Boise State University

Samantha Wright / Boise State Public Radio

A group of researchers, led by Boise State University, picked up $1.7 million Monday to study how climate change affects birds.

The grant comes from the Department of Defense. Led by BSU biological sciences professor Julie Heath, the team will use some of the money to study how climate change is affecting the migration of American kestrels, North America’s smallest falcon species.

George Prentice / Boise State Public Radio

Boise State graduates its class of 2017 on Saturday, May 6, marking the university’s 100th commencement. And for the first time, the ceremony will take place on the famous blue turf of Albertson’s Stadium.

Darin Oswald / Idaho Statesman

Boise State University professor Jodi Brandt learned quickly after she moved to Boise a little more than a year ago that Treasure Valley residents are concerned about recent shifts in land use, as more farms are sold and turned into housing developments. Along with a team at Boise State, Brandt is building a map to chart and project these changes.

NASA/JPL-Caltech/T. Pyle (IPAC)

Scientists from Boise State University and the University of Washington are studying a newly found group of planets around a nearby star. They’ll talk about their research Friday night in Boise. Turns out, these planets are good candidates for hosting life outside Earth.

Courtesy Heather Marion

The TV show Breaking Bad was a smash hit for AMC. The network will soon air the third season of the prequel series, Better Call Saul. It traces how lawyer Saul Goodman falls in with the characters of Breaking Bad.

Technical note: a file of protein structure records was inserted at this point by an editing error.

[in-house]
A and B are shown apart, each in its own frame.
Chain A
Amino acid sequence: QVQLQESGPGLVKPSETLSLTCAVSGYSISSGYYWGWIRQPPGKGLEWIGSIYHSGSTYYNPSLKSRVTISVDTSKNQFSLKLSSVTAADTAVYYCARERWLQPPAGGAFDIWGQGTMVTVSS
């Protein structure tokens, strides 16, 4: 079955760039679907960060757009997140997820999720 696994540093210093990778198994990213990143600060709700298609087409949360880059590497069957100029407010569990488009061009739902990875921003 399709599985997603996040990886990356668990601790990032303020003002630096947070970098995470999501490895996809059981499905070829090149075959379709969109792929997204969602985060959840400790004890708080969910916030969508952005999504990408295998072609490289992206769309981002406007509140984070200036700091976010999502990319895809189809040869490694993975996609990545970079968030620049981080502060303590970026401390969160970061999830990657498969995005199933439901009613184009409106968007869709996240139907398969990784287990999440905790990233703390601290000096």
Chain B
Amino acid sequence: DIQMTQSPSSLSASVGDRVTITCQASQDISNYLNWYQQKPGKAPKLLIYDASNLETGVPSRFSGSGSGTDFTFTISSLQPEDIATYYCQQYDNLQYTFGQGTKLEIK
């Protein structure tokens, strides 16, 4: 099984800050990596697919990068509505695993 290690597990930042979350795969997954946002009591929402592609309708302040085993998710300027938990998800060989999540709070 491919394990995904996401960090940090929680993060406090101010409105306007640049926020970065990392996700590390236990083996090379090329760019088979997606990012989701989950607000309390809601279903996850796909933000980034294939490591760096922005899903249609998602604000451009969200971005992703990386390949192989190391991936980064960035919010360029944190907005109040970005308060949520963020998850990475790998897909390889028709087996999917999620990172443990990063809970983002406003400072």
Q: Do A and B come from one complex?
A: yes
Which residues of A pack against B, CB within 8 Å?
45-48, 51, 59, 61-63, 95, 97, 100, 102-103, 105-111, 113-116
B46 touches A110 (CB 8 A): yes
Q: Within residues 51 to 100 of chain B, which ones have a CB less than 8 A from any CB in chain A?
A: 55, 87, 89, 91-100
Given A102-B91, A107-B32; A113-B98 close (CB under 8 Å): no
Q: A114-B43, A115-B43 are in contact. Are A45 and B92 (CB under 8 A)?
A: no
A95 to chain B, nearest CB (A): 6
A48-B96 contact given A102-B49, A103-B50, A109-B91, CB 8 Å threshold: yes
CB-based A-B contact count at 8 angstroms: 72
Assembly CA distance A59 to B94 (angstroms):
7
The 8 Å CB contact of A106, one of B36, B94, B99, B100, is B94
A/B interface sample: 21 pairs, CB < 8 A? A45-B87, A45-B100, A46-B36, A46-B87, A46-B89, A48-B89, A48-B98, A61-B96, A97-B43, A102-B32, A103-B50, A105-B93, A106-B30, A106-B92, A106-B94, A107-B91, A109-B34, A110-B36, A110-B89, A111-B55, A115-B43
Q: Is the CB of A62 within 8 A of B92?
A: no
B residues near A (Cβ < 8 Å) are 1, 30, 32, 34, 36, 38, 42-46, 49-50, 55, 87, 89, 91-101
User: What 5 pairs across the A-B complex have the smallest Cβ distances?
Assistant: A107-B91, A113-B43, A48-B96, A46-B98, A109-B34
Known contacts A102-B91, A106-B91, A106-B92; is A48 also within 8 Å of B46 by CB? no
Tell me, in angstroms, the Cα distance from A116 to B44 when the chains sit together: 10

Heather Marion, one of the writers on the show, is coming to Boise to speak to students and the public about her journey from a possible career as a mortician and years of assistant work in Hollywood to the writer's room of one of TV's hottest shows.

Matt Guilhem chatted with Marion at home in L.A. on her cell phone ahead of her visit to Boise.

Robert C. Sims Collection on Minidoka and Japanese Americans / Special Collections and Archives, Boise State University

Sunday was the Day of Remembrance. Each year, organizers look back at a dark period of history in the American West - the internment of Japanese-American citizens during World War Two. Monday Idaho remembers the role it played in this history.

February 19, 1942 marks the date President Franklin D. Roosevelt ordered Japanese people to be interned in the U.S. after the bombing of Pearl Harbor.

Close to 117,000 Japanese Americans were segregated into government camps, including at the Minidoka center in Idaho. There 10,000 people were held for three years during the war.

Robert C. Sims Collection on Minidoka and Japanese Americans / Special Collections and Archives, Boise State University

Sunday marks the 75th anniversary of President Franklin D. Roosevelt signing the Executive Order that authorized the internment of Japanese people in America during World War II.

Two months after Pearl Harbor, the order relocated 117,000 Japanese Americans into camps. Idaho’s Minidoka site housed 10,000 Japanese for three years. Once the war was over, no one wanted to talk about the internment.